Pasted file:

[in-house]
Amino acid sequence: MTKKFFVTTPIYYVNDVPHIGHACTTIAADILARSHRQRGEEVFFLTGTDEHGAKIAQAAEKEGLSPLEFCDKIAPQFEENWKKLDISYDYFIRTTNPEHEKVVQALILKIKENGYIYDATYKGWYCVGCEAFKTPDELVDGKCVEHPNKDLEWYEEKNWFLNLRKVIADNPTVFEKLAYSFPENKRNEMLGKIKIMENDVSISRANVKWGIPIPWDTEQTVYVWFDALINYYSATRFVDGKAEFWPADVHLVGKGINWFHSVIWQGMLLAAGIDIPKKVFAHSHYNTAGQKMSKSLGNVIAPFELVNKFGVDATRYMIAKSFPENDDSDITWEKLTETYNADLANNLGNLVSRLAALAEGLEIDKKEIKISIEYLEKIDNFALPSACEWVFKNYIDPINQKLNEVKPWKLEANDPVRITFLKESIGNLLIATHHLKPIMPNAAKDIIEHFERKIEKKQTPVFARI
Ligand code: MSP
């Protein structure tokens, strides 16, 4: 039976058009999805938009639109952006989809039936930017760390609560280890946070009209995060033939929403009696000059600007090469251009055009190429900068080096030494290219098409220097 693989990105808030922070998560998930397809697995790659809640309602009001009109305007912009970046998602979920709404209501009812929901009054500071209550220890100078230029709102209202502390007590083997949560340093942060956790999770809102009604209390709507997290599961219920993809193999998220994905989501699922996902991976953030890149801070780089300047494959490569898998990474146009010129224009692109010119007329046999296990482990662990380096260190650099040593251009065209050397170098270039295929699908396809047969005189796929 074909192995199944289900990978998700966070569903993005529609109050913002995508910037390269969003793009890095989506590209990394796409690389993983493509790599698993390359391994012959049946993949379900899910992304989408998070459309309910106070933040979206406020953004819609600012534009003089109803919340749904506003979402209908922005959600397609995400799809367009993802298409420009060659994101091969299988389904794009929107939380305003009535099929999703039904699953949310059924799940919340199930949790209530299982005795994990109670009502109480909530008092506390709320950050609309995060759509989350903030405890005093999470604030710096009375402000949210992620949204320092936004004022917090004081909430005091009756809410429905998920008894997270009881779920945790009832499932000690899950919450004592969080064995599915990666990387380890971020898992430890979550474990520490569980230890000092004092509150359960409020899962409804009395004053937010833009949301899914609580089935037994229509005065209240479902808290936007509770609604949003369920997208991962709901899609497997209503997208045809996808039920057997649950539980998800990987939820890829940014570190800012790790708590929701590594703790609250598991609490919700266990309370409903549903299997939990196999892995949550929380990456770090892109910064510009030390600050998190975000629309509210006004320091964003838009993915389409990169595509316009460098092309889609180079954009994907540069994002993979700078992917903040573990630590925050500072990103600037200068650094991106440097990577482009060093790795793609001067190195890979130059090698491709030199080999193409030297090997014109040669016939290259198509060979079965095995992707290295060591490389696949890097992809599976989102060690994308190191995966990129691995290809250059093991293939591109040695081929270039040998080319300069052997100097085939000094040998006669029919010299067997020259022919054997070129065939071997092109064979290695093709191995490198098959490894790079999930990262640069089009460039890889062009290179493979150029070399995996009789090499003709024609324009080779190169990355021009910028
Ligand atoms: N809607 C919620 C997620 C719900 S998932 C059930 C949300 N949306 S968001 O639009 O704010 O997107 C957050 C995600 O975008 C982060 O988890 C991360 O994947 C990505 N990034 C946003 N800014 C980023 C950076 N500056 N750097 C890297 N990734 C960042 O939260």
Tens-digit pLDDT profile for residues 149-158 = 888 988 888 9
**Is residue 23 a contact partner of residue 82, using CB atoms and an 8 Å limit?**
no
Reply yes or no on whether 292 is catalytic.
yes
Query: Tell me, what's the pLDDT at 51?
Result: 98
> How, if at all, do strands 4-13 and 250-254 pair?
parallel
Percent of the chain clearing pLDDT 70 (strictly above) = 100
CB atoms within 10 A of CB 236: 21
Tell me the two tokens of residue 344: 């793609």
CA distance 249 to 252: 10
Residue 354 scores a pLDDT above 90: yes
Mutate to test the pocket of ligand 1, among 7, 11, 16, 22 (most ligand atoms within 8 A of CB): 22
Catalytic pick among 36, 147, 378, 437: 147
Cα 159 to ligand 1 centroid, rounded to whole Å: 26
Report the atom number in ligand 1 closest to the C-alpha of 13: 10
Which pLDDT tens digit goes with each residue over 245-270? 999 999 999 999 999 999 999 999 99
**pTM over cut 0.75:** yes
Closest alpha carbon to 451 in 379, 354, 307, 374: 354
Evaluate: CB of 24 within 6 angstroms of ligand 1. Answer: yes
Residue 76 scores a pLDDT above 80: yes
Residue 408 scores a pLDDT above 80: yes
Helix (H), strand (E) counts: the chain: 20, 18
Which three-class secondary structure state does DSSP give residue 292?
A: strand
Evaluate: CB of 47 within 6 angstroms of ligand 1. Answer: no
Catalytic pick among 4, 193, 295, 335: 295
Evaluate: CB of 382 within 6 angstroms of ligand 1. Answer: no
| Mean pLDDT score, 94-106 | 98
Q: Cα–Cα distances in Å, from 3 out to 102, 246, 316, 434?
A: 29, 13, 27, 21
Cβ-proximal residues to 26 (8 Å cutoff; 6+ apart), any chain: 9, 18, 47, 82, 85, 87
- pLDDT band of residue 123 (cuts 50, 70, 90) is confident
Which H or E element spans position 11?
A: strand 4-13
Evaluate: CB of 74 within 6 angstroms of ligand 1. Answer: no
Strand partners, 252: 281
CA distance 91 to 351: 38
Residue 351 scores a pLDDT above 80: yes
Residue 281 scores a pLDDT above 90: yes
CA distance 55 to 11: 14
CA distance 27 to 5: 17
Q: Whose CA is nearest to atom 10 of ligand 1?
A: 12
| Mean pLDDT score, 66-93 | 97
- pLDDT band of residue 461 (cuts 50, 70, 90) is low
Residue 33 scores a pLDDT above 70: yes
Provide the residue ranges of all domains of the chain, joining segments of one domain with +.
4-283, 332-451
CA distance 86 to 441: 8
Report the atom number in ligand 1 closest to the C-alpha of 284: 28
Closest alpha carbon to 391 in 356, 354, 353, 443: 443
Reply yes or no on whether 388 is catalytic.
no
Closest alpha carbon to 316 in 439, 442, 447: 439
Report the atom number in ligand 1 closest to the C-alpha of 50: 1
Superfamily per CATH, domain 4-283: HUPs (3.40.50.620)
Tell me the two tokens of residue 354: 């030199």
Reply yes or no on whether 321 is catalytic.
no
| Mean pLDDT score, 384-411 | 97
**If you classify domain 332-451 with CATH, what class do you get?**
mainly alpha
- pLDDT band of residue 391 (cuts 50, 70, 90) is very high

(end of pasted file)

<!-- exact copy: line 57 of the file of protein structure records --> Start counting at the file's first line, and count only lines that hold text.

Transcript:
CA distance 86 to 441: 8